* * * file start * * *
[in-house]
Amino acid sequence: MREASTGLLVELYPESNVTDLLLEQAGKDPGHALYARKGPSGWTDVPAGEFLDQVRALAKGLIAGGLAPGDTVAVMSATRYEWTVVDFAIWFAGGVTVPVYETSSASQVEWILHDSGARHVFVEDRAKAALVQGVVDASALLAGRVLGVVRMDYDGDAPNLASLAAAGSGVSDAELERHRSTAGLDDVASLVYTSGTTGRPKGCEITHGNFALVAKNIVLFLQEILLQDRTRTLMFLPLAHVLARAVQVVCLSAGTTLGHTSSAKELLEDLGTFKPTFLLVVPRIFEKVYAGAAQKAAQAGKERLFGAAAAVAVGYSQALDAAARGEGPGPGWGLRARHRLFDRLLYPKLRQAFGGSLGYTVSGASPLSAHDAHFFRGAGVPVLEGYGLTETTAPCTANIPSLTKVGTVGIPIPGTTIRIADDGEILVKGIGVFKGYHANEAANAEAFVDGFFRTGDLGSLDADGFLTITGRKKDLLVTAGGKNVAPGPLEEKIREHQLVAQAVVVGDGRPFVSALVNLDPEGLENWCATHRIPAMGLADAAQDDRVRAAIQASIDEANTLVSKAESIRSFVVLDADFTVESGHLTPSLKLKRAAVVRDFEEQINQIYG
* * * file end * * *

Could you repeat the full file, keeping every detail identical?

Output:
[in-house]
Amino acid sequence: MREASTGLLVELYPESNVTDLLLEQAGKDPGHALYARKGPSGWTDVPAGEFLDQVRALAKGLIAGGLAPGDTVAVMSATRYEWTVVDFAIWFAGGVTVPVYETSSASQVEWILHDSGARHVFVEDRAKAALVQGVVDASALLAGRVLGVVRMDYDGDAPNLASLAAAGSGVSDAELERHRSTAGLDDVASLVYTSGTTGRPKGCEITHGNFALVAKNIVLFLQEILLQDRTRTLMFLPLAHVLARAVQVVCLSAGTTLGHTSSAKELLEDLGTFKPTFLLVVPRIFEKVYAGAAQKAAQAGKERLFGAAAAVAVGYSQALDAAARGEGPGPGWGLRARHRLFDRLLYPKLRQAFGGSLGYTVSGASPLSAHDAHFFRGAGVPVLEGYGLTETTAPCTANIPSLTKVGTVGIPIPGTTIRIADDGEILVKGIGVFKGYHANEAANAEAFVDGFFRTGDLGSLDADGFLTITGRKKDLLVTAGGKNVAPGPLEEKIREHQLVAQAVVVGDGRPFVSALVNLDPEGLENWCATHRIPAMGLADAAQDDRVRAAIQASIDEANTLVSKAESIRSFVVLDADFTVESGHLTPSLKLKRAAVVRDFEEQINQIYG